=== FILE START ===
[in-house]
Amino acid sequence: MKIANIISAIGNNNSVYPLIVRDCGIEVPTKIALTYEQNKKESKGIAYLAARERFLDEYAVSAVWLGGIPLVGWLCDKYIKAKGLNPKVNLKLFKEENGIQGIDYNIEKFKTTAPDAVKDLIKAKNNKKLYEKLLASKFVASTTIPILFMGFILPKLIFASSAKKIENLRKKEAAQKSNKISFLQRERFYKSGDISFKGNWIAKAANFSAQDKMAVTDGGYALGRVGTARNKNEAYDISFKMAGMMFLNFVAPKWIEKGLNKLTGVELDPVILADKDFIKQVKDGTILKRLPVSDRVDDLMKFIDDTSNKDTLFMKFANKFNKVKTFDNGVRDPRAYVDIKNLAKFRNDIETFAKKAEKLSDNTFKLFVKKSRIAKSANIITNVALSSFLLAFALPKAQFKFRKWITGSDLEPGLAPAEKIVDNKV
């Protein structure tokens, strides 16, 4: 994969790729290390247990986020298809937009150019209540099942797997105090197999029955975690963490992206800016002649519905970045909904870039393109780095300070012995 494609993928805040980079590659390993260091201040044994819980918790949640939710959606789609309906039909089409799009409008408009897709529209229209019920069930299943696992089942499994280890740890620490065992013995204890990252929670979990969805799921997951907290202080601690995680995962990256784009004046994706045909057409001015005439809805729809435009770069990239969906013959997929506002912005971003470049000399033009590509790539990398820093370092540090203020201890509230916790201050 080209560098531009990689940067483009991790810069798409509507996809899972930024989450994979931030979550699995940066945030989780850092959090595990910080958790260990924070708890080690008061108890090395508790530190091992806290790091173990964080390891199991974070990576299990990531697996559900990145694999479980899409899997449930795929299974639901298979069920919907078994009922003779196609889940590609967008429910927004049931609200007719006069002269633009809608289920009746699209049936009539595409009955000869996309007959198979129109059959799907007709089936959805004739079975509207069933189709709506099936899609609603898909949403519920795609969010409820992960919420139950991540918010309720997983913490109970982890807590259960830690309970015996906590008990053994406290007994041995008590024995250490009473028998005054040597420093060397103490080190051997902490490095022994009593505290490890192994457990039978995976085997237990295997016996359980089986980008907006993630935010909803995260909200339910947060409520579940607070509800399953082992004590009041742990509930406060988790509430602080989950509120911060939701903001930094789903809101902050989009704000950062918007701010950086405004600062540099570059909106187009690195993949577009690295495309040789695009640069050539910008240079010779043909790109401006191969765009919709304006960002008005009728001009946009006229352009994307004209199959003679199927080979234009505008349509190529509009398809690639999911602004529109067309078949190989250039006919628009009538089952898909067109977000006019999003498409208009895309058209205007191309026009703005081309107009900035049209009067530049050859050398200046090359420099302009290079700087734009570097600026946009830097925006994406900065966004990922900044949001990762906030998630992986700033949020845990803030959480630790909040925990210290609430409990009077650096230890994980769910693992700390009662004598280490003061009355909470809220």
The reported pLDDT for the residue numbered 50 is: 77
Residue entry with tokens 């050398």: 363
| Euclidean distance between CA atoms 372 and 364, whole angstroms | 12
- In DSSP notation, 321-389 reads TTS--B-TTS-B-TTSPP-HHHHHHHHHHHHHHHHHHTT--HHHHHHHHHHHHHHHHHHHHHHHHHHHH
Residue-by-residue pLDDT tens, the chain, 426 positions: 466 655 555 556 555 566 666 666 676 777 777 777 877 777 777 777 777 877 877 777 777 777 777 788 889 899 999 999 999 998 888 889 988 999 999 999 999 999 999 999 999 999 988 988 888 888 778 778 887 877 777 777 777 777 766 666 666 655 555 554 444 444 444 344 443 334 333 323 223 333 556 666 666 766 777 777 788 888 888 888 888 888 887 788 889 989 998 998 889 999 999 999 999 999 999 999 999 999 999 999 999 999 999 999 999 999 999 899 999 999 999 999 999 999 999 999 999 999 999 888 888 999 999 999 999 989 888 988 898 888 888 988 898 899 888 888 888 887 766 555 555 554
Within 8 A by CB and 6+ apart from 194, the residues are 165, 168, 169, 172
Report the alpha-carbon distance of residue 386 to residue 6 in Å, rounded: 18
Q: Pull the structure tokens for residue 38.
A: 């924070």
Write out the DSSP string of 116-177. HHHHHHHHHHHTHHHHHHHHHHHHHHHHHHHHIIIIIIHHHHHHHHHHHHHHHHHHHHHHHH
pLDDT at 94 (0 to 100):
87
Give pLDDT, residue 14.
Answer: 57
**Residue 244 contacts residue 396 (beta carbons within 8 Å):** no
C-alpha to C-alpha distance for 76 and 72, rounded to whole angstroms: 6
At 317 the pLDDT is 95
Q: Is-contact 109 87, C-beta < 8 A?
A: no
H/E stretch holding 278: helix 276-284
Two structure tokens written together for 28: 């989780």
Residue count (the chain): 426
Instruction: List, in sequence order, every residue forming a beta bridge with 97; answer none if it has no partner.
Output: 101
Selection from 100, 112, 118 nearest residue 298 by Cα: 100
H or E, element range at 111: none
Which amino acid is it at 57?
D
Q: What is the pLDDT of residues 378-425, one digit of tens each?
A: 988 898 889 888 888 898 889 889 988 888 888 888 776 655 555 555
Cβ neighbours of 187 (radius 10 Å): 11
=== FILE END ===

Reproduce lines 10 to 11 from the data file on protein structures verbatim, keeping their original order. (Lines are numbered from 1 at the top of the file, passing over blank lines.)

Report the alpha-carbon distance of residue 386 to residue 6 in Å, rounded: 18
Q: Pull the structure tokens for residue 38.